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Umbrella vs. Homeowners Insurance: How Does It Work

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 | May 15, 2015
Umbrella

Umbrella insurance is, to put it simply, an extra layer of liability coverage if anything should happen, such as a lawsuit, where your home or car insurance liability coverage wouldn’t be enough. Many people wonder why they need extra liability coverage. Why isn’t your home and auto liability coverage enough? Would you ever really use an umbrella policy?

Take a look at some numbers for home and auto liability coverage from Travelers Insurance:

Minimum home insurance liability coverage is $100,000.

Highest home insurance liability limit is $500,000

Minimum car insurance liability coverage is $25,000 per person and $50,000 per accident.

Highest car insurance liability limit is $250,000 per person and $500,000 per accident.

The fact is that sometimes the above isn’t enough, especially if your assets exceed the regular coverage. If you are involved in an accident or lawsuit that goes beyond your limits, the money starts to come out of your pocket. Don’t have the money to pay? You may be forced to sell your car, your home, or any other valuable asset. The more assets you have and the more you earn, the more you are at risk of losing.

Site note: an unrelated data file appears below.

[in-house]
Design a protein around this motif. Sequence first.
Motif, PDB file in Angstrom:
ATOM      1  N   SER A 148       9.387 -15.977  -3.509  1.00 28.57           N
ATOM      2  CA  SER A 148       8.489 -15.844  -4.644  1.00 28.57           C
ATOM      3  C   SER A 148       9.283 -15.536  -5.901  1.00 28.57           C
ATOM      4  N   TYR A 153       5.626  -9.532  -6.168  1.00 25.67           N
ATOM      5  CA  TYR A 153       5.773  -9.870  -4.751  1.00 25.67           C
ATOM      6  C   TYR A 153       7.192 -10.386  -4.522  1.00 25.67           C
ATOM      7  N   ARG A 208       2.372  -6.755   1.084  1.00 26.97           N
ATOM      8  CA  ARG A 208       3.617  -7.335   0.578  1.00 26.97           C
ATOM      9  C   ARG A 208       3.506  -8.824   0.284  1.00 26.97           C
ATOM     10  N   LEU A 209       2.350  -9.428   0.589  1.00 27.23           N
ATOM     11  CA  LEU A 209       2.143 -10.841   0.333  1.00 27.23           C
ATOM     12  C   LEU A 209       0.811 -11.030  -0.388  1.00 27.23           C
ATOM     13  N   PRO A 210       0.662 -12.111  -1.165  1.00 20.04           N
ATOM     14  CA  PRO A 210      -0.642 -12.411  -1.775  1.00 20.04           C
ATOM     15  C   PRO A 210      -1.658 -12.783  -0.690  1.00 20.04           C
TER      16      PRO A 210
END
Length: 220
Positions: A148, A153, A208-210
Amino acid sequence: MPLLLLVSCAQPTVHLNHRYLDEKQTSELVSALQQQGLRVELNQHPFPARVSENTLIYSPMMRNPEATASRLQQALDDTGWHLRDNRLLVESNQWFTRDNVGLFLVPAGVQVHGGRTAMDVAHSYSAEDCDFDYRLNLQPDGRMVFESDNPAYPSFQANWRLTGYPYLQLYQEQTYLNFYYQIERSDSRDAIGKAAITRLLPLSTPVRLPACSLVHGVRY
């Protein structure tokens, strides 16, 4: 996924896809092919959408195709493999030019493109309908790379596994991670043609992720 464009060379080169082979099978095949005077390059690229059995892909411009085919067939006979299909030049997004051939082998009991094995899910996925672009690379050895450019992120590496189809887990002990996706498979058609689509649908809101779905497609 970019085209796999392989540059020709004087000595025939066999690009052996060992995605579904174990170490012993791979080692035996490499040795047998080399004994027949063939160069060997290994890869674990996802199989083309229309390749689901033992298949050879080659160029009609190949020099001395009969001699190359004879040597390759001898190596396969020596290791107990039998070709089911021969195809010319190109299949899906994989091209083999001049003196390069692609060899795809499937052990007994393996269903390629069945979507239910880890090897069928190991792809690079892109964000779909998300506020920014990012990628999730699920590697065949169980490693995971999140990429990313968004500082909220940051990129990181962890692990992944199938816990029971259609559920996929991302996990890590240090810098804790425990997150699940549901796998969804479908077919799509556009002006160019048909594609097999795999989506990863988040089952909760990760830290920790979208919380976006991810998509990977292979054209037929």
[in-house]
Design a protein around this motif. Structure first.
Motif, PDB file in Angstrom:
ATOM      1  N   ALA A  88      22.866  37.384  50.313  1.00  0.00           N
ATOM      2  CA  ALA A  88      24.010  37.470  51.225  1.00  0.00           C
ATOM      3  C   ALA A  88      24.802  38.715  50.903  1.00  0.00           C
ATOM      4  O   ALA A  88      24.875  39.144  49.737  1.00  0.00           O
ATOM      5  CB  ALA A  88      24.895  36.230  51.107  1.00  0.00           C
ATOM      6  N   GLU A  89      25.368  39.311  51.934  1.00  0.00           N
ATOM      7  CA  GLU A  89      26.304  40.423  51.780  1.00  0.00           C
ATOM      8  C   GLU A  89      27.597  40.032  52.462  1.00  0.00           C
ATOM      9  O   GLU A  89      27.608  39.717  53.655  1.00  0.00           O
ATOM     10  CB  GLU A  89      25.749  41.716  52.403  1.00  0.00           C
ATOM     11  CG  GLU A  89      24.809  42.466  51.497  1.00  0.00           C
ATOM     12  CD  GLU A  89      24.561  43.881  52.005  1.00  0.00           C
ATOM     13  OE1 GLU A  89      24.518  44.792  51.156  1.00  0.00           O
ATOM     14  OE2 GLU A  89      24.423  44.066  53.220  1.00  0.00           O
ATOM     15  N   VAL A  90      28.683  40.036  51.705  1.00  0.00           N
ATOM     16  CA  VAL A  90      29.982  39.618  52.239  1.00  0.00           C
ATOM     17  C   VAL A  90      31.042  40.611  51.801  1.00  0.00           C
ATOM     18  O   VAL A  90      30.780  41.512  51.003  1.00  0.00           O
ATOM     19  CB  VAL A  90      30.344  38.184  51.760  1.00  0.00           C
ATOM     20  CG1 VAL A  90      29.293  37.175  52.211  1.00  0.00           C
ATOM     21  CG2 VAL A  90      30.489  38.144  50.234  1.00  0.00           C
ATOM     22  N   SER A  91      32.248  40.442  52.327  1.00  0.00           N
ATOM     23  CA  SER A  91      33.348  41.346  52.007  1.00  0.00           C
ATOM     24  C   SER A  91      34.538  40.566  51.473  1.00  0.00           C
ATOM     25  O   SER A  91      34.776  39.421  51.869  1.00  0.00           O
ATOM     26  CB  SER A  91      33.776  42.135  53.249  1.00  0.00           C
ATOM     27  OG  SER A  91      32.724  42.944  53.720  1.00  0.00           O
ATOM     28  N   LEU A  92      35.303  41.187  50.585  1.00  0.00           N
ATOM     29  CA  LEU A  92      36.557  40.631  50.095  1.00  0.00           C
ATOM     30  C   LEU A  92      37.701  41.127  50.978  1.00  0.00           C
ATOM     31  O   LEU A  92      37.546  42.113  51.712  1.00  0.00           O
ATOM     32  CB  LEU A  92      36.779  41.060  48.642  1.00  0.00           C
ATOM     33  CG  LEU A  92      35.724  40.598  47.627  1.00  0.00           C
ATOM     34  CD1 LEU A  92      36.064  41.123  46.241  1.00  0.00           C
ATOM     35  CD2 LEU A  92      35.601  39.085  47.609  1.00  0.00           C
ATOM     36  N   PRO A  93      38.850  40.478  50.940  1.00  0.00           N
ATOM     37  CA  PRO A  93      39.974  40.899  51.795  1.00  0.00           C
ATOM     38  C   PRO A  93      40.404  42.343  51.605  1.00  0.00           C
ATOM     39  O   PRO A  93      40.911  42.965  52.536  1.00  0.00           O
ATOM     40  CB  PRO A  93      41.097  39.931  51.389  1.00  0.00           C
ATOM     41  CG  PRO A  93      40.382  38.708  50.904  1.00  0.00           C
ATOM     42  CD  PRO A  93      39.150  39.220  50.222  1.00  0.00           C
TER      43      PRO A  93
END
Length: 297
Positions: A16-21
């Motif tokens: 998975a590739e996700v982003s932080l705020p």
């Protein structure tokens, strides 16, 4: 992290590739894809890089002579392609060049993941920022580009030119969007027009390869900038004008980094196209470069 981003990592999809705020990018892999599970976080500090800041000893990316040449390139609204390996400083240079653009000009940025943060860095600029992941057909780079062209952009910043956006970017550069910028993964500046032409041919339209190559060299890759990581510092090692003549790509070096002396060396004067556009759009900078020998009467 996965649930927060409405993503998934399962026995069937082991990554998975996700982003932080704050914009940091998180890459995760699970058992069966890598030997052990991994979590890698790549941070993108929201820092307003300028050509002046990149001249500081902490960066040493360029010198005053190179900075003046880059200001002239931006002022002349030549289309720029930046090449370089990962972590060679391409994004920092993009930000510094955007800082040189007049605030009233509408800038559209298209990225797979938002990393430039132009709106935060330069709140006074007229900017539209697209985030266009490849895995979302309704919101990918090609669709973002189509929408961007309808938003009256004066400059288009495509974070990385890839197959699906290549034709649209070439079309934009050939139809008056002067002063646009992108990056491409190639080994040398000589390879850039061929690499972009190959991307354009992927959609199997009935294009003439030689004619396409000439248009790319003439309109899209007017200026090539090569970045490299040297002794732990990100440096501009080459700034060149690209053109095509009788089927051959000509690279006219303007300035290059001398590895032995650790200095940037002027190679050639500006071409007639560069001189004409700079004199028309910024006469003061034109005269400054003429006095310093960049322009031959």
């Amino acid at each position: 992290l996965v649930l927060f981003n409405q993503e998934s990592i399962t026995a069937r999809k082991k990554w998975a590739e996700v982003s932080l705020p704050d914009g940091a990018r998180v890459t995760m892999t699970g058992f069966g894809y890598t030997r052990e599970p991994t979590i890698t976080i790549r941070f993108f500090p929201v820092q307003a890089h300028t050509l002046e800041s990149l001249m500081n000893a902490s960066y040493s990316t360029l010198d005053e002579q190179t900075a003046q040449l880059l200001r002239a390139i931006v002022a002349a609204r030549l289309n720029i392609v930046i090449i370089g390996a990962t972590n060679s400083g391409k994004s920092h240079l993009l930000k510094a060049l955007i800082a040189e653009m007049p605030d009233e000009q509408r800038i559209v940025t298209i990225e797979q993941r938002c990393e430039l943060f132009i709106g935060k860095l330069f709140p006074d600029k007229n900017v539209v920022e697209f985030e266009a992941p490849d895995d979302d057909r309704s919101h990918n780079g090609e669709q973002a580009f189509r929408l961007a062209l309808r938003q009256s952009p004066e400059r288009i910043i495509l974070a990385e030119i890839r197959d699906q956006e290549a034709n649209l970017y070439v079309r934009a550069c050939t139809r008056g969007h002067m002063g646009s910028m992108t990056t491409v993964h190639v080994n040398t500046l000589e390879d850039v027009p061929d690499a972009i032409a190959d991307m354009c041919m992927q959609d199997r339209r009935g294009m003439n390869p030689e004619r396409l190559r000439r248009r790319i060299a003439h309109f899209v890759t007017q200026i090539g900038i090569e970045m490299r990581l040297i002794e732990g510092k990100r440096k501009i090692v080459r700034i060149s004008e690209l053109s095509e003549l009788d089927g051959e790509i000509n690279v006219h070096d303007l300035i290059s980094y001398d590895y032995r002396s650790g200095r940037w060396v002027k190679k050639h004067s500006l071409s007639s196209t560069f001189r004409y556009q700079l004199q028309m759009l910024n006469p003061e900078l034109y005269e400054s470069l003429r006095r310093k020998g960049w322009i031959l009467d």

Ranging from one to five million in coverage, umbrella insurance can help keep the above from happening.

How does it work?

Depending on the accident, whether it is related to your home or auto (or boat), your liability from that insurance policy will kick in first. After that runs out, your umbrella insurance policy will help you out. In order to obtain an umbrella policy, you must have certain limits already on your home and auto policy.

Sources: Travelers, The Hartford

 


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